Patrick Mouratoglou talks about shaping the future of tennis

Star coach Patrick Mouratoglou is not only the mentor behind some of the world’s top tennis players but also the mastermind behind the Ultimate Tennis Showdown (UTS), a new tournament format that aspires to revolutionize the sport. On the sidelines of the UTS event in Frankfurt, the 53-year-old shares insights into the concept behind this groundbreaking event, opens up about the motivation that drives him, and reveals the essential qualities that define a champion in the world of tennis

As the brain behind the UTS League, can you share the inspiration behind creating this unique format?

We thought, if we have to create tennis today, knowing what we know about how people consume nowadays, what will it look like? So time was one of the elements. We wanted the duration of the game to be within 45 minutes—the same time as you watch a series on Netflix. With this, fans also know exactly what time the players are playing in advance. So if you live in Australia, for example, and want to watch your favorite player, you don’t need to get up at 2 o’clock in the morning to watch a game that ends up starting at 6. We also wanted less downtime because in tennis, the downtime where players do not play is much too long. So we were trying to solve these problems—when I say problems, it is not a problem of tennis but a problem in reaching out to the new generation. We also thought about the way we coach, the way we work with the players. Sometimes you create some formats to make the training more interesting for them. That’s why we had the idea with the bonus cards. One card, for example, gives three bonus points on the next point, which forces the player to play more aggressively and makes it more exciting and fun for him.

We thought, if we have to create tennis today, knowing what we know about how people consume nowadays, what will it look like?

Patrick Mouratoglou

What was the biggest challenge in combining both – the benefits for the players and for the audience?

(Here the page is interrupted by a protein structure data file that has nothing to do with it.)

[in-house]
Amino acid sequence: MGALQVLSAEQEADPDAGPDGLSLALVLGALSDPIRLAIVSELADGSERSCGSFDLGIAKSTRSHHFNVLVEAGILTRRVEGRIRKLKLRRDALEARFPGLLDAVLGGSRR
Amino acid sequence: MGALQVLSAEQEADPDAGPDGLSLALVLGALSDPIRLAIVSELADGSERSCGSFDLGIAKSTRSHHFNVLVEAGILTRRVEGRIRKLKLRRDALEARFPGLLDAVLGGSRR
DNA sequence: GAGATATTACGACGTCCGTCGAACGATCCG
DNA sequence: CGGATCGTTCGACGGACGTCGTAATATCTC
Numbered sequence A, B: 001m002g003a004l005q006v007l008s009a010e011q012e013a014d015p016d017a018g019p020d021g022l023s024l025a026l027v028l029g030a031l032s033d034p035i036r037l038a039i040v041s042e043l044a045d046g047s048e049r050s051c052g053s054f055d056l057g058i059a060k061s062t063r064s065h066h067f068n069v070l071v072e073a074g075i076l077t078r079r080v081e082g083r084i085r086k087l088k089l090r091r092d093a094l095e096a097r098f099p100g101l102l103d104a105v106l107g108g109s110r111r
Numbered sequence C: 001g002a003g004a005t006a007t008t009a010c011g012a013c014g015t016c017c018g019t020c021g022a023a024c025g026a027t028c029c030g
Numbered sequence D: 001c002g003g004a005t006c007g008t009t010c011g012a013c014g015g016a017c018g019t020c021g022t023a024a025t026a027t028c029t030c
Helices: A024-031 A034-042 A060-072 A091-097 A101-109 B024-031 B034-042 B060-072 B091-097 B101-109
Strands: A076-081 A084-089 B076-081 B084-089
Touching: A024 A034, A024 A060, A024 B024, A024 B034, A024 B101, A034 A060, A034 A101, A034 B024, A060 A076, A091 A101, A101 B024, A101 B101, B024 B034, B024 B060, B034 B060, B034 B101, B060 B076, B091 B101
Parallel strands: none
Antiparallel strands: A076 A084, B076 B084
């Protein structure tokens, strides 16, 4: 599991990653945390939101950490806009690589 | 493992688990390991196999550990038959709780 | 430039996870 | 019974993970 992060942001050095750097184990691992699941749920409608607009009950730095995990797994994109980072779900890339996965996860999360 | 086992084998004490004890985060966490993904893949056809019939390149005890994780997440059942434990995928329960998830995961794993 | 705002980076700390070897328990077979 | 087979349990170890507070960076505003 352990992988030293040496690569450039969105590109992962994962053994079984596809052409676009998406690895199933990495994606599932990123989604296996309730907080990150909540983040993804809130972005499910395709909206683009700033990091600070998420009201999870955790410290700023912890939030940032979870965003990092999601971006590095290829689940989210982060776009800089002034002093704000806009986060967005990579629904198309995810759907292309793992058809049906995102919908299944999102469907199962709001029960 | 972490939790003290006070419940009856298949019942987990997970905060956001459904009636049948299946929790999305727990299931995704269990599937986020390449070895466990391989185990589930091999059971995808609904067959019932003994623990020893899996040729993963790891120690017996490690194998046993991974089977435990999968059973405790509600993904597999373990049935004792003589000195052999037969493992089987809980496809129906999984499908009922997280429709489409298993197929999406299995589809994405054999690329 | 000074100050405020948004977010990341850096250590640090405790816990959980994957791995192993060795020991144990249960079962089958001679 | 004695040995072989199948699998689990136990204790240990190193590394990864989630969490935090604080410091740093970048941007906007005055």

It is extremely important that, of course, we created that format for the audience, for the fans. We wanted to attract younger fans to tennis. So that’s the whole point, but we also know that if the players don’t really enjoy it, if they don’t buy in, if they don’t feel like competing fiercely, if they are not excited to win, if they are not excited to play, the crowd is not going to be excited either. If the players are not interested, the show is terrible. The challenge is always to be exciting for both the fans and the players. The winning combination is very tough competition and a show that is extremely entertaining at the same time. We can do both, and we have to get both.

YOu are not only the founder of the UTS league but also a coach and have your own academy. It seems like you dedicate your whole life to tennis. What is the motivation that drives you?

The motivation is very simple – when I was young, I wanted to be a professional tennis player, and I was one of the best in France. However, my parents thought this was too risky, and they chose for me to study rather than become a pro. I was so frustrated because, to me, they took away my life when they did this. It took me ten years to recover from it. And when I did, I decided to dedicate the rest of my life to helping young players achieve their dreams in tennis.

⠀”The way champions process things is different.”⠀

You’ve trained and coached some of the world’s top tennis players and aspiring talents. What do you believe are the essential qualities that make a successful tennis player?

There are three things I look for: The first is the athletic side because it’s a sport that’s very, very tough physically. When I say tough, I mean that you have to change direction, be extremely fast, be balanced, have good cardio. So some people have natural athletic abilities. It’s going to be a great advantage, but you can reach the top even if you don’t have it naturally. The second thing you need is to be a great competitor because it is not just about hitting tennis balls. You see guys hit the ball incredibly, but you put them to play a match, and they are not good. Others may not hit as well, but you put them in a match, and suddenly they hit much better because they are competitors. And the third thing is the mindset of a champion. The way champions process things is different. Their level of expectation—they set the bar higher for whatever they do. Their focus when they are on the tennis court is unbelievable; they have different mindsets. So if you have these three qualities, you’re going to be a top champion. This is what I saw in Coco when she was ten. I saw the three 100%.

Photo: © The Tennis Circle, © UTS

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